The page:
This book shows that not all recommendations from friends have a happy ending. Meaning, I didn't like this book very much. Even though it is supposed to be a memoir of a girl from Indiana, it read more like a chick lit. The writing is not very challenging, I found it quite boring at times. One of the few books where I was quite glad it wasn't that long because I don't think it would have improved if there had been more pages. I wondered whether I didn't find it funny because I am not American and don't get the jokes or don't have the same sense of humour but I don't think that's it because there are other American authors whose humour I thoroughly enjoy, Bill Bryson for instance. And I even grew up in a similar rural environment as the author.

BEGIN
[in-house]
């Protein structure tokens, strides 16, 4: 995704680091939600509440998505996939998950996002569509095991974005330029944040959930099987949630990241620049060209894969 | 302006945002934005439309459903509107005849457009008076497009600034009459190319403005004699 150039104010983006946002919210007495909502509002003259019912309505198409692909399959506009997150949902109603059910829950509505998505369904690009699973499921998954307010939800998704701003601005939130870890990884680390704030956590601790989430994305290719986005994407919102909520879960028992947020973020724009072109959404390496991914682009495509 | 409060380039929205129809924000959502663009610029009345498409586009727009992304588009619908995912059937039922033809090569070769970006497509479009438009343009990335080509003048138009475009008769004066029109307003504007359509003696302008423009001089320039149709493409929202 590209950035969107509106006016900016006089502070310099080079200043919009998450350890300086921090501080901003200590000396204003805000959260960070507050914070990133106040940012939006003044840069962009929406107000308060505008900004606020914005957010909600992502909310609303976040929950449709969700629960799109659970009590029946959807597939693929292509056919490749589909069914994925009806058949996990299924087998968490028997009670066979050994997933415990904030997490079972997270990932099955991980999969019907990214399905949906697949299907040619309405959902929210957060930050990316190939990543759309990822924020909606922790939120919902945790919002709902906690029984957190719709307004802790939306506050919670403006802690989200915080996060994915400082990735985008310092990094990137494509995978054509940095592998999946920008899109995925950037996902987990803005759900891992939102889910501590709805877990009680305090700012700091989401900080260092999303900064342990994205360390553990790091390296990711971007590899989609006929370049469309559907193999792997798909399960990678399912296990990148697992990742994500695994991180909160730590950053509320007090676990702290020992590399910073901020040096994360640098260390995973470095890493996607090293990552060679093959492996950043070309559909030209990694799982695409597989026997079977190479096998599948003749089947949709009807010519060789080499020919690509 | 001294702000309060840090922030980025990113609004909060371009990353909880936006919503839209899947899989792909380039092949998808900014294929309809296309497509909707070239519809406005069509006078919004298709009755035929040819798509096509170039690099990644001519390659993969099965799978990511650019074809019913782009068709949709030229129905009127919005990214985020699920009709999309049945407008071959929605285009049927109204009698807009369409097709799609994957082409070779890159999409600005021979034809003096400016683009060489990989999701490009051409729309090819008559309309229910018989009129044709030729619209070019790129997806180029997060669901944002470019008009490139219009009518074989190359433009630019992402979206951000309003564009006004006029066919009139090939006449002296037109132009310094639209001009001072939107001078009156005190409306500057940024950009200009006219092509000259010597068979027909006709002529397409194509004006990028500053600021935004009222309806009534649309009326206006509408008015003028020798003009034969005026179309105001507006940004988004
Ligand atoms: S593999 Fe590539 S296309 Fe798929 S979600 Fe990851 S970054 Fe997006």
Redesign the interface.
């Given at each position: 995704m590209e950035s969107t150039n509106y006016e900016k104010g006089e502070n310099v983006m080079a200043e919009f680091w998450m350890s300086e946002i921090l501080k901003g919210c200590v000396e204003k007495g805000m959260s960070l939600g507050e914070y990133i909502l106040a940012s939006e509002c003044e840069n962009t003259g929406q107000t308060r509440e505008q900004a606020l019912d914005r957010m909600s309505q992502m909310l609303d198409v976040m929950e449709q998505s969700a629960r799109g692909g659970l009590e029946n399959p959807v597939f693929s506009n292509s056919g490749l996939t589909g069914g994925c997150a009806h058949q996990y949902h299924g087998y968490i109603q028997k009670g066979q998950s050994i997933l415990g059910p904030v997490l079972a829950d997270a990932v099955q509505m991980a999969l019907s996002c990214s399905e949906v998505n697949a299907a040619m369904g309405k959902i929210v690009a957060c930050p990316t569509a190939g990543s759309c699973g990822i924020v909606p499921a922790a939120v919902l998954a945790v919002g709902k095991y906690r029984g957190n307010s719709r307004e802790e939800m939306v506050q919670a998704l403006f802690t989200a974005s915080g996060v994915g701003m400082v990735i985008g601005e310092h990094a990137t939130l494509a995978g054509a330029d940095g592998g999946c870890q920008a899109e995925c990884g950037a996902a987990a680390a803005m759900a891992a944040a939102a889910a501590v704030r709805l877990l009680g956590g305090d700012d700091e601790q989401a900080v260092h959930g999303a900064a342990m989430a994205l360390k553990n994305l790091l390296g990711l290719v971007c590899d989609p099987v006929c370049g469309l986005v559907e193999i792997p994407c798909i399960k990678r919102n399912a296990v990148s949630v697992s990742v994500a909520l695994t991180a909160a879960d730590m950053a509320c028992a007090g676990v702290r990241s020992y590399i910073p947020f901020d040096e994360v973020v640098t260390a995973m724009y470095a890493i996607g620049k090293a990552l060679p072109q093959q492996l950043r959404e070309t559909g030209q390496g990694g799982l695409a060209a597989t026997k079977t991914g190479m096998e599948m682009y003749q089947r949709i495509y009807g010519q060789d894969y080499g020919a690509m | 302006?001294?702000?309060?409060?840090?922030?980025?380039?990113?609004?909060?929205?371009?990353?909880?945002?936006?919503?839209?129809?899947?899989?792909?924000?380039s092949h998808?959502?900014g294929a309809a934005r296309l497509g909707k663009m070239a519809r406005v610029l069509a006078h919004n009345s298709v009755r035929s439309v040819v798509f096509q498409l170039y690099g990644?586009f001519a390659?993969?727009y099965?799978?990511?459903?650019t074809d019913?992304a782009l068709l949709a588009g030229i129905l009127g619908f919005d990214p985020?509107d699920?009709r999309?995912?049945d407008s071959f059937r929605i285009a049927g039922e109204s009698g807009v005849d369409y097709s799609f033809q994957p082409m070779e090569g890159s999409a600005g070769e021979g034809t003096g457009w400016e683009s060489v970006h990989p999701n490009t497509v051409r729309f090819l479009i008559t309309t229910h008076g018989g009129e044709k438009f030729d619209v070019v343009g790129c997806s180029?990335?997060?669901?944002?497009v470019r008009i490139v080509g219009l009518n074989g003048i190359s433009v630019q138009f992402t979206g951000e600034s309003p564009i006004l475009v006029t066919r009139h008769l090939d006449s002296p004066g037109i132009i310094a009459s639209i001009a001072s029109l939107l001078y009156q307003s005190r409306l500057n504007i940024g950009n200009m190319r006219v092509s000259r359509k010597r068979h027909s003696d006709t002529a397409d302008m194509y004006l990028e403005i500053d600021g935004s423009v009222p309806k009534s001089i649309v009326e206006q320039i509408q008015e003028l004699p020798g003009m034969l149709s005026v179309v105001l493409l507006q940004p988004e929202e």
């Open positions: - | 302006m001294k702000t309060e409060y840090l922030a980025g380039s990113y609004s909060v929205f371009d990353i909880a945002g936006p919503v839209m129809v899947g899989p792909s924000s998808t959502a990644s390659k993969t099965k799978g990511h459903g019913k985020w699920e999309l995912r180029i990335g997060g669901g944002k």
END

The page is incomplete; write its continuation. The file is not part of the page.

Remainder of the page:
In short, this book is not for me.
From the back cover: "When Haven Kimmel was born in 1965, Mooreland, Indiana, was a sleepy little hamlet of three hundred people. Nicknamed "Zippy" for the way she would bolt around the house, this small girl was possessed of big eyes and even bigger ears. In this witty and lovingly told memoir, Kimmel takes readers back to a time when small-town America was caught in the amber of the innocent postwar period–people helped their neighbors, went to church on Sunday, and kept barnyard animals in their backyards.
Laced with fine storytelling, sharp wit, dead-on observations, and moments of sheer joy, Haven Kimmel's straight-shooting portrait of her childhood gives us a heroine who is wonderfully sweet and sly as she navigates the quirky adult world that surrounds Zippy."